I forgot to mention: I think there may be another Lao restaurant in Wichta...some clues indicate as such. Will report what I find later...after a visit...

        1. re: sambamaster

          I wouldn't be surprised if there isn't quite a bit of Laotian influence here. There seems to be a decent sized Laotian population.

          1. re: shopgirl26

            Is the Lao community a result of the air base? That sort of thing often happens...I'd bet the Thai population here is a result of air guys bringing back Thai wives...then entire extended families. Happened in Austin...the first two Thai restaurants there were air force wives from Thailand. Laos is on the eastern border of Thailand and I bet we have a base there somewhere....
            Anyway, get ye to these places!!!! Cafe Thai Lao is a cheap, yummy meal.

            1. re: sambamaster

              Probably WSU. There's a large Asian community there, at least there was when I went there. You'd better get to the Asian Festival on Saturday at Century II. I heard the food is reason enough to go.

              1. re: shopgirl26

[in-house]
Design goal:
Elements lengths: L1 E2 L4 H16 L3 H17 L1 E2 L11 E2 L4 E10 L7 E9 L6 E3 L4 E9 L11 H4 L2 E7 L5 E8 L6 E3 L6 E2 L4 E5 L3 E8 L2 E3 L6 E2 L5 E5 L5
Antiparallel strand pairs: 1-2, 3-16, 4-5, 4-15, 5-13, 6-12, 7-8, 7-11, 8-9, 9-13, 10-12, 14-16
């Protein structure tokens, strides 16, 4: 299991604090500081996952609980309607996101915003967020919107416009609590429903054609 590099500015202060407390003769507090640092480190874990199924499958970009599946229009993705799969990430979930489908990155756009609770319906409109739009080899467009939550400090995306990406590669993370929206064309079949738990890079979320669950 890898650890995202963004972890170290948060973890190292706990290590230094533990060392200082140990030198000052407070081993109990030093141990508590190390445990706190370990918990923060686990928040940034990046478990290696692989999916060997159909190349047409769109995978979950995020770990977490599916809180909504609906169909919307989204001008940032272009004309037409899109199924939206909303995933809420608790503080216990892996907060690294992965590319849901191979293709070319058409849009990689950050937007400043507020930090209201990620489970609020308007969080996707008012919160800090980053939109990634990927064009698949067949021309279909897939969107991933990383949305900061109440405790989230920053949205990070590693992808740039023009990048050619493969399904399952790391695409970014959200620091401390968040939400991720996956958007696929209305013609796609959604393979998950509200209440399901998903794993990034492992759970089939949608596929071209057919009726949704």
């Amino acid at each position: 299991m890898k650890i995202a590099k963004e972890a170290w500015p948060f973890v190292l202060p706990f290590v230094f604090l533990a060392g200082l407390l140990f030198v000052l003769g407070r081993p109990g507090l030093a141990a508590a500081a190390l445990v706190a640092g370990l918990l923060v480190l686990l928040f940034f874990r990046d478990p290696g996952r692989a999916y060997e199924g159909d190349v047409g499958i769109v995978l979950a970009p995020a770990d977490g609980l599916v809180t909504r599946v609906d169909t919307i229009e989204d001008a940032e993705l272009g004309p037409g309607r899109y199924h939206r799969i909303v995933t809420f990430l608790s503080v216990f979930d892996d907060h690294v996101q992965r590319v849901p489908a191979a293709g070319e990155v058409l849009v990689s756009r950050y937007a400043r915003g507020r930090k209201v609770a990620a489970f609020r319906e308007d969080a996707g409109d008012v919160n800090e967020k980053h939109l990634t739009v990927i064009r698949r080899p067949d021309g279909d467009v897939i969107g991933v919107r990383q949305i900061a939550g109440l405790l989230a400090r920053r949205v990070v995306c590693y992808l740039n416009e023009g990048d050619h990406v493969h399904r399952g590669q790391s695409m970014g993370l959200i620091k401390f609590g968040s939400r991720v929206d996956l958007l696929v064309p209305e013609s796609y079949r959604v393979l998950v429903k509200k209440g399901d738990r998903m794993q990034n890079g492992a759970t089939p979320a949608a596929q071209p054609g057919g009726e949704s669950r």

Do you guys have a street address?????

                Steve S.

                1. re: SteveStephens

                  google tells me it's 2433 s. hillside........

          2. re: sambamaster

            Went again yesterday and had a wonderful, no, really wonderful noodle dish, Raad Na, i think was the name. It was sort of layered with flat rice noodles on bottom, then some pieces of scramble eggs, then some beef and greens of some sort, then all covered with a spicy, garlicy "gravy" sort of sauce. it was really good. a nice balance of hot and sweet. Nice. It comes in beef, pork shrimp, seafood versions. Owner recommended it when I'd ordered their Pad Thai. Glad he did. This place keeps delighting me.
            Two notes: They don't seem to be serving weekends...they seem to rent the space out for parties...we went sunday and received funny stares from a Mexican wedding party that was assembling for a festivity. Call first i think.
            Also, the other Lao place down the street never seems to be open, though i called a couple of times and they;'ve said they are open. the sign says "closed" every time i go by. maybe need to go by at night?

            1. re: sambamaster